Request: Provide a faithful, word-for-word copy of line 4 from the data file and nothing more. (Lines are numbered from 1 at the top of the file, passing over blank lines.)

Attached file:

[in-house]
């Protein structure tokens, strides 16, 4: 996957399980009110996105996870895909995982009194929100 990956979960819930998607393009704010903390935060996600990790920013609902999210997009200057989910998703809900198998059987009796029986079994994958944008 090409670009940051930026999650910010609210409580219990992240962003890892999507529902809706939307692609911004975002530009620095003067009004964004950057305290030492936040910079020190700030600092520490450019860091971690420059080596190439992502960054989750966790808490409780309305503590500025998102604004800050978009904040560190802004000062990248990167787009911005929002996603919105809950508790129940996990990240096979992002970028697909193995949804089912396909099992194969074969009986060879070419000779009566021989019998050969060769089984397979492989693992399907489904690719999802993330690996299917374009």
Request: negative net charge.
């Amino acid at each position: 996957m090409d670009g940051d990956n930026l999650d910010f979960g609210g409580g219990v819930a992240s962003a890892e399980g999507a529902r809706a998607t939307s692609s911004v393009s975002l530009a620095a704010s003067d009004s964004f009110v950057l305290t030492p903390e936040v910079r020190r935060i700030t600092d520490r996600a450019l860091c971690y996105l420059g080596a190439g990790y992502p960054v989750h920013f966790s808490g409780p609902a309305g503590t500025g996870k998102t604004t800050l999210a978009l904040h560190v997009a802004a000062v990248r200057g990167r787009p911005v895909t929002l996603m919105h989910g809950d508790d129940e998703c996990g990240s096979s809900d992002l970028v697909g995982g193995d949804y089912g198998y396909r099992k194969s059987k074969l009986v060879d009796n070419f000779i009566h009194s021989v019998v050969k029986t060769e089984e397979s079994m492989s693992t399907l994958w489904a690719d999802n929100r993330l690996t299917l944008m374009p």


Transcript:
């Amino acid at each position: 996957m090409d670009g940051d990956n930026l999650d910010f979960g609210g409580g219990v819930a992240s962003a890892e399980g999507a529902r809706a998607t939307s692609s911004v393009s975002l530009a620095a704010s003067d009004s964004f009110v950057l305290t030492p903390e936040v910079r020190r935060i700030t600092d520490r996600a450019l860091c971690y996105l420059g080596a190439g990790y992502p960054v989750h920013f966790s808490g409780p609902a309305g503590t500025g996870k998102t604004t800050l999210a978009l904040h560190v997009a802004a000062v990248r200057g990167r787009p911005v895909t929002l996603m919105h989910g809950d508790d129940e998703c996990g990240s096979s809900d992002l970028v697909g995982g193995d949804y089912g198998y396909r099992k194969s059987k074969l009986v060879d009796n070419f000779i009566h009194s021989v019998v050969k029986t060769e089984e397979s079994m492989s693992t399907l994958w489904a690719d999802n929100r993330l690996t299917l944008m374009p």